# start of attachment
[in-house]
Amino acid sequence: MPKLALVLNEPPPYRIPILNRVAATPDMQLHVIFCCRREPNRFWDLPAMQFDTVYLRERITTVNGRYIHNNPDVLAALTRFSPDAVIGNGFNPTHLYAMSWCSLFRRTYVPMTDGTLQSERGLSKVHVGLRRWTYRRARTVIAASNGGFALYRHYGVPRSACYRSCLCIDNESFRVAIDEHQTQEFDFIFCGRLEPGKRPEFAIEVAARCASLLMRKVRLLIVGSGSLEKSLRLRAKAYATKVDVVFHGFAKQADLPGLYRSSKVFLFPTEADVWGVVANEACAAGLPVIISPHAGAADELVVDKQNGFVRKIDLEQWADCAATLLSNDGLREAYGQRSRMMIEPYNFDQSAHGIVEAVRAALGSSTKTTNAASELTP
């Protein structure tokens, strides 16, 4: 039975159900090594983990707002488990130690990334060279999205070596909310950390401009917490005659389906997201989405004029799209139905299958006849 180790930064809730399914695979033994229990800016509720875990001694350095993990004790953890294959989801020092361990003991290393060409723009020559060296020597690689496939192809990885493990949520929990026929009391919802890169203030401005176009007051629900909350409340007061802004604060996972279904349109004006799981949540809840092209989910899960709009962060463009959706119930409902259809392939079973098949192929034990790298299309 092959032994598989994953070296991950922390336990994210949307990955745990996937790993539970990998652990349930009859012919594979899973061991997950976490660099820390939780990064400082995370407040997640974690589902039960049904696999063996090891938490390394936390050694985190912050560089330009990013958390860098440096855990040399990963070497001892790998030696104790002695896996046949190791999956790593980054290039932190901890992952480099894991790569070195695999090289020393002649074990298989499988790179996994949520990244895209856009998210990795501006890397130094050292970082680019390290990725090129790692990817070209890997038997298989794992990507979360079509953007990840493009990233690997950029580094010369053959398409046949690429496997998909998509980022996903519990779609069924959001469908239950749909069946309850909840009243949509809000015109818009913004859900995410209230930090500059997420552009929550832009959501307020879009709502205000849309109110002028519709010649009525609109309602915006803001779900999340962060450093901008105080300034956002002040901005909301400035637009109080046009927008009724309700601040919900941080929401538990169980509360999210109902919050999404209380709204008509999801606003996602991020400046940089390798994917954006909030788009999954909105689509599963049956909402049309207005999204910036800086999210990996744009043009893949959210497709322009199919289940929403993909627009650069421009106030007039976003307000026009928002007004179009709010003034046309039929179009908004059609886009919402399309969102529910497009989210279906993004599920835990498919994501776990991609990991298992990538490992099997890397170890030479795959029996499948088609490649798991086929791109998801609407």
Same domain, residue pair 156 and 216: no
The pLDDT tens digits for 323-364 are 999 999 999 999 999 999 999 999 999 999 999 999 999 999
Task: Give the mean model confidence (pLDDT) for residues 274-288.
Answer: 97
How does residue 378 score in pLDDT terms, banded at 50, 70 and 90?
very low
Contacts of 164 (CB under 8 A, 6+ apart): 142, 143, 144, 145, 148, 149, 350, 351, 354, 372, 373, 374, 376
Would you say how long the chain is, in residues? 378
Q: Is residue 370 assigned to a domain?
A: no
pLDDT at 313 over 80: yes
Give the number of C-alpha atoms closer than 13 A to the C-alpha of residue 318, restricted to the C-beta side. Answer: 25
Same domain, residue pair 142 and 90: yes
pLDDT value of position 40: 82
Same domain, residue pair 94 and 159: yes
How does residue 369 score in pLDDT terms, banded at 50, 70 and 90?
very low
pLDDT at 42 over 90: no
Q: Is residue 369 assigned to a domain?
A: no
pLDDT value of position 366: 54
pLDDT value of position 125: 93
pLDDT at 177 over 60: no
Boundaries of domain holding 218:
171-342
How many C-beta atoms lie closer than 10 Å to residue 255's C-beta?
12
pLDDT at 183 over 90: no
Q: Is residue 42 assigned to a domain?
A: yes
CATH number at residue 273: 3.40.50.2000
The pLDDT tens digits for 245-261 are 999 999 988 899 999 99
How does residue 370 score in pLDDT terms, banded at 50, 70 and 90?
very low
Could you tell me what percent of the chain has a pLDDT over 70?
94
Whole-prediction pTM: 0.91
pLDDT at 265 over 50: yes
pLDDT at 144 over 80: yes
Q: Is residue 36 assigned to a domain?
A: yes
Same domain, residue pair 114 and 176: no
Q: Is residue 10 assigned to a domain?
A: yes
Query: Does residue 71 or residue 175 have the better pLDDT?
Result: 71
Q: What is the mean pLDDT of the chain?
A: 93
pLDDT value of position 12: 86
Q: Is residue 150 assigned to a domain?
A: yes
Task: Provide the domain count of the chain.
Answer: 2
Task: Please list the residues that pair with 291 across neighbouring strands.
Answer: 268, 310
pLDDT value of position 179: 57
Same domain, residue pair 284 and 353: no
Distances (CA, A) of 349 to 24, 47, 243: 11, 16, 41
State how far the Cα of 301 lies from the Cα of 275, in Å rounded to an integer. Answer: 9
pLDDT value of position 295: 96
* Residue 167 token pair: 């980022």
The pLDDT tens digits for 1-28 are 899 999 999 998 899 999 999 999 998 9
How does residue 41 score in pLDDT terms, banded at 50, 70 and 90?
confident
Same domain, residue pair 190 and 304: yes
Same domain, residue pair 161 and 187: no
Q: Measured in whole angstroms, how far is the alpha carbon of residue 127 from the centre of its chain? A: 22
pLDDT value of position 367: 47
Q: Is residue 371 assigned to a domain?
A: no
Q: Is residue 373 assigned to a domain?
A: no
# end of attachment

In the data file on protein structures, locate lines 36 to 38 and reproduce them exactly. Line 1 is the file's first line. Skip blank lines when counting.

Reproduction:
How does residue 370 score in pLDDT terms, banded at 50, 70 and 90?
very low
Could you tell me what percent of the chain has a pLDDT over 70?